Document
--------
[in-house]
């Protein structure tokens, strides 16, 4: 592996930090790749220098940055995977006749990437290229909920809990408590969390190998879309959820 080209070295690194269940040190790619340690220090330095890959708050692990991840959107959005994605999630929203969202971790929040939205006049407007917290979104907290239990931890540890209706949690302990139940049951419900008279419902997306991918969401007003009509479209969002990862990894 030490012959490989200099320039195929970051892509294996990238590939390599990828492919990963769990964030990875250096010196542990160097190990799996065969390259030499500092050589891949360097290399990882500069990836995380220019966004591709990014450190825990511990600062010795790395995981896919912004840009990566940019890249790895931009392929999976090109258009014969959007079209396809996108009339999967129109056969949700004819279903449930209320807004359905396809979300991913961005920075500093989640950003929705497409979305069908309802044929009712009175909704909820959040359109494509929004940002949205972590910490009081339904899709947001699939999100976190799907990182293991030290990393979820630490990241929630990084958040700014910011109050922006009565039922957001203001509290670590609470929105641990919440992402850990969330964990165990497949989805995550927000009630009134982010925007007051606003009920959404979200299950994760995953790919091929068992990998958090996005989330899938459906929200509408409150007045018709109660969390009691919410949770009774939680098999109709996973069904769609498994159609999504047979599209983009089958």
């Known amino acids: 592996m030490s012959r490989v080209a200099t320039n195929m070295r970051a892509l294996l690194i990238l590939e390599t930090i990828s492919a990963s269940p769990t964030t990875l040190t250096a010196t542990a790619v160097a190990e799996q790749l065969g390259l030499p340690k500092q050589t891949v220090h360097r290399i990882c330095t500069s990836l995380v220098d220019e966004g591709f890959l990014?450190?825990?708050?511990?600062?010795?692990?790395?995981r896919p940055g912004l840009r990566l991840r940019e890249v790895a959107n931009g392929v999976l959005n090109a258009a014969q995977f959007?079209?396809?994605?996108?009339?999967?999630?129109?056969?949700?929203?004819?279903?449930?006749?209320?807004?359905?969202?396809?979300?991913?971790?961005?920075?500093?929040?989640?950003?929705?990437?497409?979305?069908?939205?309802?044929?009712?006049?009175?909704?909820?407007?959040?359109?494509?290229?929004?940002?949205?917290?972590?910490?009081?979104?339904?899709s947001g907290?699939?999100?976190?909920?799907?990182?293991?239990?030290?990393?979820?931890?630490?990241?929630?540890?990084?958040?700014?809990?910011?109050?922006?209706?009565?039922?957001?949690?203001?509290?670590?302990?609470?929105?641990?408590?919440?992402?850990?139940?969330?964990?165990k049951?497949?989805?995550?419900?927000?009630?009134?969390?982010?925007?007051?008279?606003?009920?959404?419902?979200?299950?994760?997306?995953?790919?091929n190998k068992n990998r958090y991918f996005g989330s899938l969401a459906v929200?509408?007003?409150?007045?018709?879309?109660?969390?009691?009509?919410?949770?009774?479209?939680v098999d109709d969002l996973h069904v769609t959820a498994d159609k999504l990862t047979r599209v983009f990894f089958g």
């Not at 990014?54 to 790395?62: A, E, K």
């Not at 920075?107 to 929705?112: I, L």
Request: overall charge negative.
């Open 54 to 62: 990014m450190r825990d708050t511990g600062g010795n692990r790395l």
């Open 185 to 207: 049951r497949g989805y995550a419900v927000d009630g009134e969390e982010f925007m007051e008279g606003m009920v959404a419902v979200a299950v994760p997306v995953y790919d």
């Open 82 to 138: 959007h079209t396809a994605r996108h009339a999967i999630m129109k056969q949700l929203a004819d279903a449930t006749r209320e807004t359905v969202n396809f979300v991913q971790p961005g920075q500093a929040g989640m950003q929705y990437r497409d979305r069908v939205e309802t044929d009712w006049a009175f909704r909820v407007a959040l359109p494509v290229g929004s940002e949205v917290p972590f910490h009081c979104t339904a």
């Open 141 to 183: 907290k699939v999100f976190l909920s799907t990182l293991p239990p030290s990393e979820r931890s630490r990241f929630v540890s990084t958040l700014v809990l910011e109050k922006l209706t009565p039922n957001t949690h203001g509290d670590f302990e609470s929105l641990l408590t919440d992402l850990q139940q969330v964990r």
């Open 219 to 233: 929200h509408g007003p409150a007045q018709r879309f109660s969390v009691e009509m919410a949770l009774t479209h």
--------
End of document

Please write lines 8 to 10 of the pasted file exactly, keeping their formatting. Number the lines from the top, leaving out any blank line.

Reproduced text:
């Open 185 to 207: 049951r497949g989805y995550a419900v927000d009630g009134e969390e982010f925007m007051e008279g606003m009920v959404a419902v979200a299950v994760p997306v995953y790919d």
């Open 82 to 138: 959007h079209t396809a994605r996108h009339a999967i999630m129109k056969q949700l929203a004819d279903a449930t006749r209320e807004t359905v969202n396809f979300v991913q971790p961005g920075q500093a929040g989640m950003q929705y990437r497409d979305r069908v939205e309802t044929d009712w006049a009175f909704r909820v407007a959040l359109p494509v290229g929004s940002e949205v917290p972590f910490h009081c979104t339904a």
């Open 141 to 183: 907290k699939v999100f976190l909920s799907t990182l293991p239990p030290s990393e979820r931890s630490r990241f929630v540890s990084t958040l700014v809990l910011e109050k922006l209706t009565p039922n957001t949690h203001g509290d670590f302990e609470s929105l641990l408590t919440d992402l850990q139940q969330v964990r």